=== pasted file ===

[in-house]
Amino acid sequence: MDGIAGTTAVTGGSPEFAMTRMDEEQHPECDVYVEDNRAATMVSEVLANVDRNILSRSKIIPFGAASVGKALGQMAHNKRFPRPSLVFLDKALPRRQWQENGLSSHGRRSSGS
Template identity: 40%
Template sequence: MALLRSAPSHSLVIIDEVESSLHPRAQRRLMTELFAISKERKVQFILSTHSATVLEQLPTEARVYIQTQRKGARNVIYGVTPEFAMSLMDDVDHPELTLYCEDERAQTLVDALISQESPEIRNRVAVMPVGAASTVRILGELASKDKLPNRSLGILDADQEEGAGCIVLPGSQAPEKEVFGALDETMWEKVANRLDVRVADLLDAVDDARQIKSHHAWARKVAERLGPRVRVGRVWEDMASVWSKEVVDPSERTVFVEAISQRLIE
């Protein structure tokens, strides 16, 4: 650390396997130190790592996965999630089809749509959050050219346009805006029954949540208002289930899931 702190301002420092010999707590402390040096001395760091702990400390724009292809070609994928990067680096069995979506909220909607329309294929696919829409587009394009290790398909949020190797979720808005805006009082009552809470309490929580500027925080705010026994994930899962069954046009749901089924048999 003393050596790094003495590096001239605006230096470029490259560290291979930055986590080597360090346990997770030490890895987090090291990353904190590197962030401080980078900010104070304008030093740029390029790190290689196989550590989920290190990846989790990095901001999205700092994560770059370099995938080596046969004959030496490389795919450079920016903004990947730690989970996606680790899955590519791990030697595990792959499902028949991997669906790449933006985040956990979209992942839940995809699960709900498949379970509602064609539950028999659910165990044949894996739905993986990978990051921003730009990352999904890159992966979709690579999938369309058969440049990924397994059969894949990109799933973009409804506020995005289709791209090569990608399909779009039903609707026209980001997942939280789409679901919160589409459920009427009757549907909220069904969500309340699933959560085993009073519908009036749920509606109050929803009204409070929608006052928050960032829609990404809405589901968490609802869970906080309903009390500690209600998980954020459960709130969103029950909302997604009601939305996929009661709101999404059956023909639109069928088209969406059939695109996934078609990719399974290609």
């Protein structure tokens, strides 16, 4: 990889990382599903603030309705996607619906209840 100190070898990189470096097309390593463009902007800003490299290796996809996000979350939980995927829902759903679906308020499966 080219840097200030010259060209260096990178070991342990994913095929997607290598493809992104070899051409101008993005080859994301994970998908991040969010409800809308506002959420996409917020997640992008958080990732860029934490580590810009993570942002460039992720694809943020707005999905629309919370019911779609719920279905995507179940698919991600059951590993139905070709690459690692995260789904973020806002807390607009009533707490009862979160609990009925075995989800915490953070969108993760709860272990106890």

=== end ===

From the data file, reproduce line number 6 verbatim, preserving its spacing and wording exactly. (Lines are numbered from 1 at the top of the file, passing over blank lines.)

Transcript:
């Protein structure tokens, strides 16, 4: 990889990382599903603030309705996607619906209840 100190070898990189470096097309390593463009902007800003490299290796996809996000979350939980995927829902759903679906308020499966 080219840097200030010259060209260096990178070991342990994913095929997607290598493809992104070899051409101008993005080859994301994970998908991040969010409800809308506002959420996409917020997640992008958080990732860029934490580590810009993570942002460039992720694809943020707005999905629309919370019911779609719920279905995507179940698919991600059951590993139905070709690459690692995260789904973020806002807390607009009533707490009862979160609990009925075995989800915490953070969108993760709860272990106890």